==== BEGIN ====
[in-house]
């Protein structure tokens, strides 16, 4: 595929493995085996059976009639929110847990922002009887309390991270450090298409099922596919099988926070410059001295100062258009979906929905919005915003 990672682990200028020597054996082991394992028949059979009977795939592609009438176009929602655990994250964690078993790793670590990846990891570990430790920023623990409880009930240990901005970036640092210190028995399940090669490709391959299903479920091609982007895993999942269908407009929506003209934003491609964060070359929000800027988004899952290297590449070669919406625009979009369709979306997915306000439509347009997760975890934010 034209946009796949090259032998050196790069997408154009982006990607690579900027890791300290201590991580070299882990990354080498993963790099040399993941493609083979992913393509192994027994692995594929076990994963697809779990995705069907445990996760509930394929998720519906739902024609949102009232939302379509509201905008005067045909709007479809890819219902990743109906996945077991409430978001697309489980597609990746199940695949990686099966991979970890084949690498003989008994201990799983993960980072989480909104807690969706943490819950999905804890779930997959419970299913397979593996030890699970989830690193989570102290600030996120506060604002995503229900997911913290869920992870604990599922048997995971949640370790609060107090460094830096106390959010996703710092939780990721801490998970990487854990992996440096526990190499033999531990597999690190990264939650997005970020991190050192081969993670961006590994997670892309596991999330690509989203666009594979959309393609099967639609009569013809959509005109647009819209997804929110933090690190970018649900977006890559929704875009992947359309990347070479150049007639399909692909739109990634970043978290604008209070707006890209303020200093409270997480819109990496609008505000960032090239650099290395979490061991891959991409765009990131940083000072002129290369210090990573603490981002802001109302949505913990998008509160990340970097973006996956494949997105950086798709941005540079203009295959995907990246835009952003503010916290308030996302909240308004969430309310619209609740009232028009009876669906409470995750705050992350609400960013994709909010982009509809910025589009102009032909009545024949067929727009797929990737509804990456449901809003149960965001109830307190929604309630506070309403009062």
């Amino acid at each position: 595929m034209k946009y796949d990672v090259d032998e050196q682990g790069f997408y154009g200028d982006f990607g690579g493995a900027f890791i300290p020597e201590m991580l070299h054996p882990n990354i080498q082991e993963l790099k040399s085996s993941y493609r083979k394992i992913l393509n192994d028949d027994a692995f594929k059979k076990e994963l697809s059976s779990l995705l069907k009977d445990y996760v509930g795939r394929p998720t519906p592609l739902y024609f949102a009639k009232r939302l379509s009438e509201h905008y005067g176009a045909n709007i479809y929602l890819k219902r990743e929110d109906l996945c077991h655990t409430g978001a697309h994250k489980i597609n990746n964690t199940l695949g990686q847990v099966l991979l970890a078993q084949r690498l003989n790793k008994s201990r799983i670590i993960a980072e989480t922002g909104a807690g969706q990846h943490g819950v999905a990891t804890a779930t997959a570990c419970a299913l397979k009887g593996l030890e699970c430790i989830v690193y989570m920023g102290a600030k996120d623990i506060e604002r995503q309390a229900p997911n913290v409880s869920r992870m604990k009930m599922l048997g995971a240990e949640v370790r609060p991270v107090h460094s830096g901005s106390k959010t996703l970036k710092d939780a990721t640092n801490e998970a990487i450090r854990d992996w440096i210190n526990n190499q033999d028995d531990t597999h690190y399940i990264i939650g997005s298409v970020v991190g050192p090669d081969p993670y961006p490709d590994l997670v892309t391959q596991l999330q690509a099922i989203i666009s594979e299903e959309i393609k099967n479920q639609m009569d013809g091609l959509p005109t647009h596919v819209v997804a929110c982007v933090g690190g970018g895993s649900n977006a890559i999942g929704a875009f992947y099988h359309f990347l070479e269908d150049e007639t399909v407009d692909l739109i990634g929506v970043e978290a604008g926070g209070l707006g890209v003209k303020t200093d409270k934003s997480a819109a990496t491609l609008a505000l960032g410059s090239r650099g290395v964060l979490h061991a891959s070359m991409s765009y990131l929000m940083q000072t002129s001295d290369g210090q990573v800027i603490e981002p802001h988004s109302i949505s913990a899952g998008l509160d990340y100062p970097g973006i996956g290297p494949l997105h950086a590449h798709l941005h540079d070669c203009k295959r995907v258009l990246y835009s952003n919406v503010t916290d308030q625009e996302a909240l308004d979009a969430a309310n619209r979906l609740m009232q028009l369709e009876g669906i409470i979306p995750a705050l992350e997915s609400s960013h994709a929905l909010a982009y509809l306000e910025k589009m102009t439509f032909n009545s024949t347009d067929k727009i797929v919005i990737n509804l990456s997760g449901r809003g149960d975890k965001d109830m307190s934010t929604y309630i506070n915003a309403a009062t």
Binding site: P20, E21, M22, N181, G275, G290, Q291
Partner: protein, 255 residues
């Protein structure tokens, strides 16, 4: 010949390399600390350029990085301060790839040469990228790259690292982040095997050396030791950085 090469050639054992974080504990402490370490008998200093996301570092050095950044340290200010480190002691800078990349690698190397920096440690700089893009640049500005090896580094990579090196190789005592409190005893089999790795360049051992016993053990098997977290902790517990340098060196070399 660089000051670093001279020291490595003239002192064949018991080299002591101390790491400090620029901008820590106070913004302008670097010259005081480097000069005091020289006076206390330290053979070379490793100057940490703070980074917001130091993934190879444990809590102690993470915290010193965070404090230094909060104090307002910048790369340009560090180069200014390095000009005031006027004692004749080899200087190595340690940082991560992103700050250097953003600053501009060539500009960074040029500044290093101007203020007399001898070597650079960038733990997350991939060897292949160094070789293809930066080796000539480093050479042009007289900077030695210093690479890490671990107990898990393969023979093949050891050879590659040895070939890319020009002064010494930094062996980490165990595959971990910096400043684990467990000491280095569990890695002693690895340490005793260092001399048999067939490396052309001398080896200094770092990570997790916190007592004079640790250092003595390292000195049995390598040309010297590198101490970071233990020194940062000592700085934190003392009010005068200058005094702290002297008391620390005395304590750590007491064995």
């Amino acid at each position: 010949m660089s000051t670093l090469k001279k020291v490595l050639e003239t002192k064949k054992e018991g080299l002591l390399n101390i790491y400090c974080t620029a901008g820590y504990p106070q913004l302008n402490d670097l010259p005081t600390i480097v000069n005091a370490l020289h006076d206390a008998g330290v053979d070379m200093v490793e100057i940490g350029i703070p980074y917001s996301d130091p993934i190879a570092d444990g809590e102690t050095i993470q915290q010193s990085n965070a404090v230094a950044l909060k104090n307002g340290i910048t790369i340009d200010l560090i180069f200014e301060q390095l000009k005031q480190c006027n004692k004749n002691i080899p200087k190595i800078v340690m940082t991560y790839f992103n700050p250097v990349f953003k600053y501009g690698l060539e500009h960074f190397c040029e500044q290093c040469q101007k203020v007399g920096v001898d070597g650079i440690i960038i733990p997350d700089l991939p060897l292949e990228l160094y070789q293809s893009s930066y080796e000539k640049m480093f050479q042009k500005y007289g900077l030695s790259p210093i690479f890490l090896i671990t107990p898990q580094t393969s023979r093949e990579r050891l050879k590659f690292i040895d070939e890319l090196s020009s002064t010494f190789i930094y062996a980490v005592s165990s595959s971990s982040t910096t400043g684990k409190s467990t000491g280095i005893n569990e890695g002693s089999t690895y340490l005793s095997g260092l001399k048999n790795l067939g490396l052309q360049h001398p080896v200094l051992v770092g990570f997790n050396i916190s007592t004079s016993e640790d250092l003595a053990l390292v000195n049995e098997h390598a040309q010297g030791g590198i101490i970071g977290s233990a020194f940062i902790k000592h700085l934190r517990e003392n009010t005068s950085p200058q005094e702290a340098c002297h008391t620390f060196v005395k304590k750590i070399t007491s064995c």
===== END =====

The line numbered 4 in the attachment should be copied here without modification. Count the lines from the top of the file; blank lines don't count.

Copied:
Binding site: P20, E21, M22, N181, G275, G290, Q291